Why US Keeps Hands Off on Spratly Dispute
WASHINGTON — BOTH the Bush and Clinton administrations have acknowledged that conflicting claims to islands in the Spratly chain are a source of tension in East Asia that, in the worst case, could lead to regional instability.
Even so, the United States has adopted a hands-off policy, calling for restraint and urging regional efforts at conflict resolution. ''We take no position on the merits of the competing claims, and we believe they should be resolved peacefully,'' says a State Department official.
Diplomatic analysts attribute the US's reticence, in part, to the imminence of a leadership change in China.
''The US seems reluctant to challenge China's assertive behavior and its expansive claims to most of the South China Sea because it could strengthen the hand of the military in the run-up to the Chinese succession,'' says senior fellow Mark Valencia of the East-West Center in Honolulu.
Meanwhile, the Manila government has not invoked its 1952 mutual-defense treaty with the US in the wake of the recent Chinese encroachments on islands that lie within its 200-mile economic zone. Since the US takes no position on conflicting claims to the islands, the treaty would not come into effect in any case.
Concern over competition for the Spratlys runs higher at the Defense Department, where the issue is weighed in the context of an aggressive Chinese military buildup and more combative Chinese behavior in the South China Sea.
Both are being invoked by the Pentagon to bolster the case for maintaining a strong defense posture in the region in the face of budget cuts.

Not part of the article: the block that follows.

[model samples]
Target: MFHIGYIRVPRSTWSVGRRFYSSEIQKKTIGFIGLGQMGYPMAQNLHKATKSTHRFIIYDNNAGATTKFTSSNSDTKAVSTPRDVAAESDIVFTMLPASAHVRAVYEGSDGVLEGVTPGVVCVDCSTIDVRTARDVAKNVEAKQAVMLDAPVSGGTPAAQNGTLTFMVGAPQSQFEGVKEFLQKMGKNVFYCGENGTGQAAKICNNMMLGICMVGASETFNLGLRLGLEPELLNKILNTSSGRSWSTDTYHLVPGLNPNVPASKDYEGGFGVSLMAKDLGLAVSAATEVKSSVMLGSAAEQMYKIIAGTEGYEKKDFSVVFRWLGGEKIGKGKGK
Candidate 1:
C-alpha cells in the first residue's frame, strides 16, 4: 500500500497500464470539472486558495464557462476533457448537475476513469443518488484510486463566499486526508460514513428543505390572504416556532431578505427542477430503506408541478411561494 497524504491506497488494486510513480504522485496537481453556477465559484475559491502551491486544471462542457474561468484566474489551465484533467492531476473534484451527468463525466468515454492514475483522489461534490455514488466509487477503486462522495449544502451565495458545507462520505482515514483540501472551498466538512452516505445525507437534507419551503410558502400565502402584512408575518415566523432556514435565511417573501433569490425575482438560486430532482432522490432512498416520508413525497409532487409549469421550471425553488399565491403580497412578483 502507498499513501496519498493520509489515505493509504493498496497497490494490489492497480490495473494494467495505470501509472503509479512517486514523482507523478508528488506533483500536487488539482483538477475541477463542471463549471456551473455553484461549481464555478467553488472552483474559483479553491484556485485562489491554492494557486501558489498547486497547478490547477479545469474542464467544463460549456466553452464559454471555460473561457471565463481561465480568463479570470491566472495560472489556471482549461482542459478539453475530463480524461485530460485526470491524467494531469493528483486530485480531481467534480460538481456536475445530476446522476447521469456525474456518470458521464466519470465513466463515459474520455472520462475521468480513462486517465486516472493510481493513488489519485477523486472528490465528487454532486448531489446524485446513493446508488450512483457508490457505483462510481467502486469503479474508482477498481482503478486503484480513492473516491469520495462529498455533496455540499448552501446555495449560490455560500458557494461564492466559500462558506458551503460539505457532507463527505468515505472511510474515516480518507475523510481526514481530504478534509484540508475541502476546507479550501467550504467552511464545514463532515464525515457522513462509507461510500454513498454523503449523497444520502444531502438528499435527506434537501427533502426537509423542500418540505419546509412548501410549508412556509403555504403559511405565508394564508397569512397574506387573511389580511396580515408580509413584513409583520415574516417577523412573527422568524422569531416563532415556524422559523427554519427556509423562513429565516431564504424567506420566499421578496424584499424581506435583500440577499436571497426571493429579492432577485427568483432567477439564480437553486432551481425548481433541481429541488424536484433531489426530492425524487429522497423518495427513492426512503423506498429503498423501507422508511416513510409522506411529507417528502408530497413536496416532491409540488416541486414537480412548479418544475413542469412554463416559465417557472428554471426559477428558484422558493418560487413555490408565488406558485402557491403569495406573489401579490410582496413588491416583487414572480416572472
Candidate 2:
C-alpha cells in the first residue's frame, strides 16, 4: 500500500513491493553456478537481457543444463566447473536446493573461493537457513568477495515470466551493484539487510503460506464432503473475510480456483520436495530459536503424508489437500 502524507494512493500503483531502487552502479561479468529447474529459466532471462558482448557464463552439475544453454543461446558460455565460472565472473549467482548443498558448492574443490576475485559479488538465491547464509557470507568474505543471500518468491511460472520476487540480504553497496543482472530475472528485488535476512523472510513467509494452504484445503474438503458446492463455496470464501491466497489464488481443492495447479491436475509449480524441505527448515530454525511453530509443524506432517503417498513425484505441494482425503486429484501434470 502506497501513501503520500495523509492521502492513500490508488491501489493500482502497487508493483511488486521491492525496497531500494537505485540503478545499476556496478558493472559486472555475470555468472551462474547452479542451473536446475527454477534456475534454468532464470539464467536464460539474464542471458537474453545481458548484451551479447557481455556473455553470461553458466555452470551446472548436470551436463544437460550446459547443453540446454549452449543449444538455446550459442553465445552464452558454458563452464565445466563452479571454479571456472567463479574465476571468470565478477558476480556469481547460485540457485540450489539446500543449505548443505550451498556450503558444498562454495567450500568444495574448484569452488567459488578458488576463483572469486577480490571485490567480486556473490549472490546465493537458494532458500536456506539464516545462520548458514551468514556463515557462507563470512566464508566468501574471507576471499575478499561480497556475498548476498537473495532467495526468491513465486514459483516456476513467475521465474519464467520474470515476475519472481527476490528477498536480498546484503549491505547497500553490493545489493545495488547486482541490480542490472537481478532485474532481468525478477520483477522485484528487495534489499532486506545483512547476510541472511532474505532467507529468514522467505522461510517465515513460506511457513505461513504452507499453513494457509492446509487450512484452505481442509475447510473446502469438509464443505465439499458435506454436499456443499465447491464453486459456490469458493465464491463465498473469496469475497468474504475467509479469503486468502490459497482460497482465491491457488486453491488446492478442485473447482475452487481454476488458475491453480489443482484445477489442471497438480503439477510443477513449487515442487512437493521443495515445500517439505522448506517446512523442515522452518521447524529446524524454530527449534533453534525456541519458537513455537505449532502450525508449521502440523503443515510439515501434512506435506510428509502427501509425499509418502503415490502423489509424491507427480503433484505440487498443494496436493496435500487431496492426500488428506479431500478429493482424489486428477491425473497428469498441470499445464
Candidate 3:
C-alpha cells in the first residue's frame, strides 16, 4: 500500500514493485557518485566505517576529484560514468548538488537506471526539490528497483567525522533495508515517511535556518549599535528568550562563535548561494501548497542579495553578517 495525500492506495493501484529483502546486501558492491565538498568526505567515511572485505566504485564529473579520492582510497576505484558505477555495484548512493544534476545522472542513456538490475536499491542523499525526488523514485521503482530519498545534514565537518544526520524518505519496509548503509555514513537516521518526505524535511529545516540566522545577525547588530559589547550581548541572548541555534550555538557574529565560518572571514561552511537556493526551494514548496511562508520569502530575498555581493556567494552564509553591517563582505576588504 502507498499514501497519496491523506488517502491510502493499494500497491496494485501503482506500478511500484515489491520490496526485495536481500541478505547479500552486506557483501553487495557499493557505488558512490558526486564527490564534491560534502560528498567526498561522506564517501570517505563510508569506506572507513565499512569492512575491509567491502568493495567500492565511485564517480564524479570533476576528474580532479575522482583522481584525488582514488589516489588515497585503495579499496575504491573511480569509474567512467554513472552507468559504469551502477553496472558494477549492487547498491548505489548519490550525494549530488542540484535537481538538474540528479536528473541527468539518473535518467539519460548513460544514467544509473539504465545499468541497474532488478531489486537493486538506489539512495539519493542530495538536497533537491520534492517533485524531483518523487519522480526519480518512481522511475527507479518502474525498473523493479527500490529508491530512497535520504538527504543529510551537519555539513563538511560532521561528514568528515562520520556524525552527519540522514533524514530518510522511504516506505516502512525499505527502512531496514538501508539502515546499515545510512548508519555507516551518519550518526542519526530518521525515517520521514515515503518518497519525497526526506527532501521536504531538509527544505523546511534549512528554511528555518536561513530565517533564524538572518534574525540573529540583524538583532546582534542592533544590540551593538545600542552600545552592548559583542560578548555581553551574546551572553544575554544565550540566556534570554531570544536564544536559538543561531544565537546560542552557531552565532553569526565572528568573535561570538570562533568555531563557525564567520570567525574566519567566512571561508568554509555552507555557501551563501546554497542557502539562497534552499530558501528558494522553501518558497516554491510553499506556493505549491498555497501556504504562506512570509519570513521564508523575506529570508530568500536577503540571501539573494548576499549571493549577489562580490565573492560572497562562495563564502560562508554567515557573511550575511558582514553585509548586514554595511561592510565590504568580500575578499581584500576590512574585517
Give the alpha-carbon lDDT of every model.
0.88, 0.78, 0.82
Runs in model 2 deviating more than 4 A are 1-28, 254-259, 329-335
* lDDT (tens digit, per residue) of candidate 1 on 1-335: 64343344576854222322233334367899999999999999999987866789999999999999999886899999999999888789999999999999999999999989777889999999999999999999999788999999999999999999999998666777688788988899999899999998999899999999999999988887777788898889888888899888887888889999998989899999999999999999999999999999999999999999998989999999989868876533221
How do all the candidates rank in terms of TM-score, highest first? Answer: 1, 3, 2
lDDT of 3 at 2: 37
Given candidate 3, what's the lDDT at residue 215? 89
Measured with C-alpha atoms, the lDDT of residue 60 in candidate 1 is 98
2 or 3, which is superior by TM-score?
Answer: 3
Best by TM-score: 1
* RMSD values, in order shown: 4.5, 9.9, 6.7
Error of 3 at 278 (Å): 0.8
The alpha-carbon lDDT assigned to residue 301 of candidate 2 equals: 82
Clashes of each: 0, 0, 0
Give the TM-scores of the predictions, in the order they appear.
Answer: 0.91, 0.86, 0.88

Last month, the Pentagon issued a document warning that freedom of navigation in sea lanes that run through the South China Sea is of strategic interest to the US. The document contains no threat but, according to one expert on Chinese military affairs, Chong-Pin Lin of the American Enterprise Institute in Washington, it is an example of ''deterrence by ambiguity.''
''Our strategic interest in maintaining the lines of communication linking Southeast Asia, Northeast Asia, and the Indian Ocean makes it essential that we resist any maritime claims beyond those permitted by the Law of the Sea convention,'' notes the document, ''United States Security Strategy for the East Asia/Pacific Region.''
The convention recognizes a 12-mile territorial limit and a 200-mile economic zone beyond the shoreline of coastal nations; areas of the ocean beyond which are considered part of the global commons. China's claim to the islands and to most of the South China Sea is based on the discovery and use of both ''from time immemorial,'' according to the Chinese government. The US, which has not ratified the Law of the Sea Convention, has not contested China's claim to either.